It’s always amazing to take a plunge to the world beneath the water and see the wonder that lies deep in the ocean floor. To get surrounded by million of fishes, to wait in thrill as sharks pass by, or to immerse yourself on brightly coloured coral formation to see a glimpse of wandering eels and critters—the ocean always has something to drop anyone’s jaw. This is one of the prominent reason why we take our PADI license. But diving is more than breathing underwater. It’s about appreaciating and protecting the fragile nature. A good diver know how to dive responsibly and prioriize sustainability during the dives. An important part of scuba diving that even beginners need to understand. This is how you can protect the sea while admiring its utter beauty.
Scuba Diving Beginners or Professionals, Everyone Should Respect the Marine Life
Do you agree if marine life was seen to flourish the best where human touch is minimal? Take example of the Raja Ampat Papua, the Banda Island, the Bunaken, and the Komodo National Park. These are some of Indonesia’s best dive sites—and the remotest. It’s important to leave the marine life as it is. Let them flourish naturally without interference. All beginners to professionals in scuba diving needs to understand how to respect the marine life. No touching anything. Never ever attempt to pick a piece of corals. Stay naturally buoyant so you won’t disturb the current. Dive against debris and always be totally aware with your surrounding.
Use Only Reef Safe Sunblock
Any marine-enthusiast should already understand this. Divers, snorkelers and surfers alike must wear only reef-safe sunblock. Regular sunblock can left harmful residues in the water that can stick to reefs and cause bleaching and further damages. Sticking to only reef-safe sunblock ensures the corals and other micro organism stay healthy.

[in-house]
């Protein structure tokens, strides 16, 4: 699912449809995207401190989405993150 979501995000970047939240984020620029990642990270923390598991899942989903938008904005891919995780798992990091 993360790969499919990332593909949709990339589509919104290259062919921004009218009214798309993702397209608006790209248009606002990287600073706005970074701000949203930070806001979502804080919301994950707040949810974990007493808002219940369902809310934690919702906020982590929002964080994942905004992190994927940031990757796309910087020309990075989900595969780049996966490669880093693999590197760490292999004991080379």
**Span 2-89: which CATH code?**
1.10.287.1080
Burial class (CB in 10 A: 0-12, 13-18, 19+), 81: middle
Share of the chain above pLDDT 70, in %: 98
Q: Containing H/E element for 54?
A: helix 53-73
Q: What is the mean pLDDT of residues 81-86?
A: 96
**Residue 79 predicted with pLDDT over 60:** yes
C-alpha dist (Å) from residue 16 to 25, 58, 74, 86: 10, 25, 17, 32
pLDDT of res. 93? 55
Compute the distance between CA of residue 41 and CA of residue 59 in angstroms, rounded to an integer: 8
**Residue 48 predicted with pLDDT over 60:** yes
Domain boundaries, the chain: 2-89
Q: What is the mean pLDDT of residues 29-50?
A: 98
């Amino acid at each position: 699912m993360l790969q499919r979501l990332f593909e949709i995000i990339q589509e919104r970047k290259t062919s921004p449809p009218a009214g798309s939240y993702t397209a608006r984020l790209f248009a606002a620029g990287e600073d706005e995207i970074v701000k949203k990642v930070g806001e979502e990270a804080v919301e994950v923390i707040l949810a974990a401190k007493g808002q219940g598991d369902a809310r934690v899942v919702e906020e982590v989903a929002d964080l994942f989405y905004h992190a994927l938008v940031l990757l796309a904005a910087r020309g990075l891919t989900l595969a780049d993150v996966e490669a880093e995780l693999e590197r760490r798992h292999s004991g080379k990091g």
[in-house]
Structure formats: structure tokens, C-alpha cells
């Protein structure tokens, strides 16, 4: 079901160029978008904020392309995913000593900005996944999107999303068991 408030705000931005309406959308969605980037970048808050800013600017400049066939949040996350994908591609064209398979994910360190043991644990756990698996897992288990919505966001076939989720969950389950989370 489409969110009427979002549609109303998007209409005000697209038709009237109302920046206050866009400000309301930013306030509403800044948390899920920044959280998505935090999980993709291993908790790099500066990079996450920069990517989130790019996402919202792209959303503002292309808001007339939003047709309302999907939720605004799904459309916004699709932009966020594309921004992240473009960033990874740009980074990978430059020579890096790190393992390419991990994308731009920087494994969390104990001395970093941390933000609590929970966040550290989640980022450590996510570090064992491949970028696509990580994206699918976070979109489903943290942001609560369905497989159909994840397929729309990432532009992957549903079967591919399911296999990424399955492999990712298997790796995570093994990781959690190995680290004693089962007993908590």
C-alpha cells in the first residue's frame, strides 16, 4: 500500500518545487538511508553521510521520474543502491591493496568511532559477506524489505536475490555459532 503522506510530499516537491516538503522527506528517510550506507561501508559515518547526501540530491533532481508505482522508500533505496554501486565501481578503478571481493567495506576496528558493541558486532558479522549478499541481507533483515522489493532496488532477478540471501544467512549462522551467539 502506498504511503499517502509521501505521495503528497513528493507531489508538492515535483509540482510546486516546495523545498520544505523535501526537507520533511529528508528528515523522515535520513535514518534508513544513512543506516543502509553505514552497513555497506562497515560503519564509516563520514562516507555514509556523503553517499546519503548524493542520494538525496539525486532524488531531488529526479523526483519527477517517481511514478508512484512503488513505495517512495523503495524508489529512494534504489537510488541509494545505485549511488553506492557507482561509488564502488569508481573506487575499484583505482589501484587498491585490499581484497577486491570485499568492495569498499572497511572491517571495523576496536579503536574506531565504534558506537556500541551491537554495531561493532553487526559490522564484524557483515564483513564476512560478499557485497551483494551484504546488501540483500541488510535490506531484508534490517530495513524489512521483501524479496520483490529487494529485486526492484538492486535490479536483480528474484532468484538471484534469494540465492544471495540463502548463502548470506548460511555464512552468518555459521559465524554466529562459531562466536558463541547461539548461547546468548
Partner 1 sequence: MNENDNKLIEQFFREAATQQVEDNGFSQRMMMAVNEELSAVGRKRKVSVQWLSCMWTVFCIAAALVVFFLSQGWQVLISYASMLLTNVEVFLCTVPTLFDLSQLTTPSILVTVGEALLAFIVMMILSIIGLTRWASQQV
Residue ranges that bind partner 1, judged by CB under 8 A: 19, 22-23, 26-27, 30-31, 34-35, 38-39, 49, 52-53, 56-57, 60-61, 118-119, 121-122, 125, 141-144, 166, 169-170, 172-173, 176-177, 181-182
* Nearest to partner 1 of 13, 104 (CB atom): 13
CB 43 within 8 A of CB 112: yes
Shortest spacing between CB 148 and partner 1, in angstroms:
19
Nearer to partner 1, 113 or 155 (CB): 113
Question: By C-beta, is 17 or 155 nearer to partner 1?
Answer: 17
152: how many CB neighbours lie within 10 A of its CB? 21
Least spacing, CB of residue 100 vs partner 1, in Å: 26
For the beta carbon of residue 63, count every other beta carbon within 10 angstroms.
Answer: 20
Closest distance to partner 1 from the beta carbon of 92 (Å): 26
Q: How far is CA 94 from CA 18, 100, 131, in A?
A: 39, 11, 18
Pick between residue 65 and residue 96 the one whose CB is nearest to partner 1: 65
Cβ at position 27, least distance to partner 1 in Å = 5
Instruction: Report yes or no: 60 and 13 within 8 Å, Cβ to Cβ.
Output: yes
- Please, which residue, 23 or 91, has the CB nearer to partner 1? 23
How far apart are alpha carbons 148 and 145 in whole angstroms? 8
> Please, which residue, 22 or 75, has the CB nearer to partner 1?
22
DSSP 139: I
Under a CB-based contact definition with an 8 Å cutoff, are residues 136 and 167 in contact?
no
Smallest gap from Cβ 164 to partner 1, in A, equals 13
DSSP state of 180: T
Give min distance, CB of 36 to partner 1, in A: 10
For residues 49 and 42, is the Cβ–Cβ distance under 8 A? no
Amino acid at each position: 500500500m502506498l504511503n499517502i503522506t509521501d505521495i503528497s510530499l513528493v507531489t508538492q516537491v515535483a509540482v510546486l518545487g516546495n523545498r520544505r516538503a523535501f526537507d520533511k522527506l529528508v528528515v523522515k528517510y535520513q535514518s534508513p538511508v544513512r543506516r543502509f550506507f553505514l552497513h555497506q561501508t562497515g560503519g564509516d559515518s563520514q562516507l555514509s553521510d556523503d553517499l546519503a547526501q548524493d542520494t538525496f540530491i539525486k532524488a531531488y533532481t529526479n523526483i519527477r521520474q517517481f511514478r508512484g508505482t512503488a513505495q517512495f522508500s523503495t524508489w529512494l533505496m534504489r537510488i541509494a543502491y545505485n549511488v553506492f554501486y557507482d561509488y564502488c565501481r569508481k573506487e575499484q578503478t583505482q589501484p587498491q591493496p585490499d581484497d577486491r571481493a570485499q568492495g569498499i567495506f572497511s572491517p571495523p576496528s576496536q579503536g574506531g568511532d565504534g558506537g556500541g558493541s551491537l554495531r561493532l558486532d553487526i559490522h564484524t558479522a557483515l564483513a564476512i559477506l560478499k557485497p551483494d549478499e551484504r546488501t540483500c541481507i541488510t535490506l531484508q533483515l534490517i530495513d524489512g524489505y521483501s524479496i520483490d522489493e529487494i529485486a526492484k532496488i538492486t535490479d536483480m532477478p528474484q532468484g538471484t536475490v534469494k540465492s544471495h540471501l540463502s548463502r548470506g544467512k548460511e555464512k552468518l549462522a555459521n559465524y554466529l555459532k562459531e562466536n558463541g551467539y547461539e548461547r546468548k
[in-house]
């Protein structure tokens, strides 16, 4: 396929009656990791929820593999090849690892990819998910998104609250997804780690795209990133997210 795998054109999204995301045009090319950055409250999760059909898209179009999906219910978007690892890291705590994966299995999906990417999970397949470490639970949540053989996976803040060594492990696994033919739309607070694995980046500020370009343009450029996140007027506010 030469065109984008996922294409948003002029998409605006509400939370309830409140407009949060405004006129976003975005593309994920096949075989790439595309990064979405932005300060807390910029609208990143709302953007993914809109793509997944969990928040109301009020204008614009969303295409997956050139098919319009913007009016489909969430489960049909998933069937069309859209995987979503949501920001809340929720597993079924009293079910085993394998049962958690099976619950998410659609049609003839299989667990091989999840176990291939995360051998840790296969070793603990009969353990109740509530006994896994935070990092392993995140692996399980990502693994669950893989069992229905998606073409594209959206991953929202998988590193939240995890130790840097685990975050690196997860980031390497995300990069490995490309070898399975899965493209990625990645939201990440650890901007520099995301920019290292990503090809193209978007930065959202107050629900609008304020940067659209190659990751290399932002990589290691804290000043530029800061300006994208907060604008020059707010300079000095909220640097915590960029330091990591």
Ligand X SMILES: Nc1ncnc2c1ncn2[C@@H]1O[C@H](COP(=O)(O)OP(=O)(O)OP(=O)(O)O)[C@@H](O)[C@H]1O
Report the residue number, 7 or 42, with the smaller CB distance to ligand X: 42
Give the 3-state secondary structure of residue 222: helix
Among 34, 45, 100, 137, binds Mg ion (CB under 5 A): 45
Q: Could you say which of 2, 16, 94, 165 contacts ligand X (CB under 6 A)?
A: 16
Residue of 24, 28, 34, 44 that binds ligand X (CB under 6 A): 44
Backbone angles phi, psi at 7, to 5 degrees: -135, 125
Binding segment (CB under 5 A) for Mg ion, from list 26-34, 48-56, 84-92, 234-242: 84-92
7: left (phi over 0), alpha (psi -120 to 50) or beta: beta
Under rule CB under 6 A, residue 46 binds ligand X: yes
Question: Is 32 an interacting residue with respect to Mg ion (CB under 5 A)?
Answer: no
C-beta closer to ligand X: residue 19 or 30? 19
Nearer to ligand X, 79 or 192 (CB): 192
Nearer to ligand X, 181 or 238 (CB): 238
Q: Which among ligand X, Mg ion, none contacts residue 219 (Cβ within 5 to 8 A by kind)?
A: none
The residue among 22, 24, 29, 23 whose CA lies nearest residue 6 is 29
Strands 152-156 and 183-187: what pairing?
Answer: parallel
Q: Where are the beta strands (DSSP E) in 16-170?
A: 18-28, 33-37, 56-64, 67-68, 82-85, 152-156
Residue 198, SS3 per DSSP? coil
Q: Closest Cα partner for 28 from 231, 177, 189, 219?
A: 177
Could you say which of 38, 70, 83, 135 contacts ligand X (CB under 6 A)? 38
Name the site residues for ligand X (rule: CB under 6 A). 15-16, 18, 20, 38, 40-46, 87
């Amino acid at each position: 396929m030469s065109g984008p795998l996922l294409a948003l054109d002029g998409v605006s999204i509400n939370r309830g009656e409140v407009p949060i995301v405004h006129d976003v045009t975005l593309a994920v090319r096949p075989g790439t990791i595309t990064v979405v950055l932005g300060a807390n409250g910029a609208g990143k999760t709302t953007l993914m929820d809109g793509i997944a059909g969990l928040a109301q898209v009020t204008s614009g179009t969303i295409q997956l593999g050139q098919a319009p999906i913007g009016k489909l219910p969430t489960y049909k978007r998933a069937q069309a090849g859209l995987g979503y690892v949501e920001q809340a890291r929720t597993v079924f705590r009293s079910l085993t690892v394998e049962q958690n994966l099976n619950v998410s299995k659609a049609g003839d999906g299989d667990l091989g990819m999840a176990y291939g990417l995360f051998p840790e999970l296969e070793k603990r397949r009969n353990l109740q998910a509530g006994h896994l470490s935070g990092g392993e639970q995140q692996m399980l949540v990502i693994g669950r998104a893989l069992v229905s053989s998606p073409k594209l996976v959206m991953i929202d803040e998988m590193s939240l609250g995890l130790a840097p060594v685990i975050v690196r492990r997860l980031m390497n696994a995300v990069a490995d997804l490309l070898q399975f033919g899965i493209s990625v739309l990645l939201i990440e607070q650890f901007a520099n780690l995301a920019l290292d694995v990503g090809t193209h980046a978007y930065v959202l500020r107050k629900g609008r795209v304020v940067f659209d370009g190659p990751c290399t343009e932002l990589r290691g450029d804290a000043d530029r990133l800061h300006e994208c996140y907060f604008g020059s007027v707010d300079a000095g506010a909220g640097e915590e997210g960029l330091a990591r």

The Single Use Plastic Is Our Common Enemy
This should apply everywhere, but it get even more important when you diving, sailing, or basically staying near the sea. Always use reusable bottles for your drink. This should’ve been taught on your scuba diving for beginners class but we feel the need to stress is again. Never buy bottled drinking water from supermarket and minimise your plastic waste. Be mindful on what you throw to the bins cause it would end up in the ocean.
More Diving Tips:
Scuba Diving Beginners on Touching the Animals
Some dive operators don’t really know what they are doing and we’ve seen packages where they blatantly offer the opportunity to touch marine animals. Turtles, manta Ray, and whales are common victim of this promotion. Whenever you come across these packages, know that this is not right and no diver should support such conduct. Beginners to pros on scuba diving should understand the implication of touching (or even worse, feeding) the marine life. You can accidentaly strip their protective layer of mucus. Feeding them can lead animal dependency to human. Fishing them to force a interaction can cause animal to stay under the surface longer than it should. In short, you probably will disturb their natural beahviour and it’s harmful to the marine life itself. A good diver know how to appreciate from afar.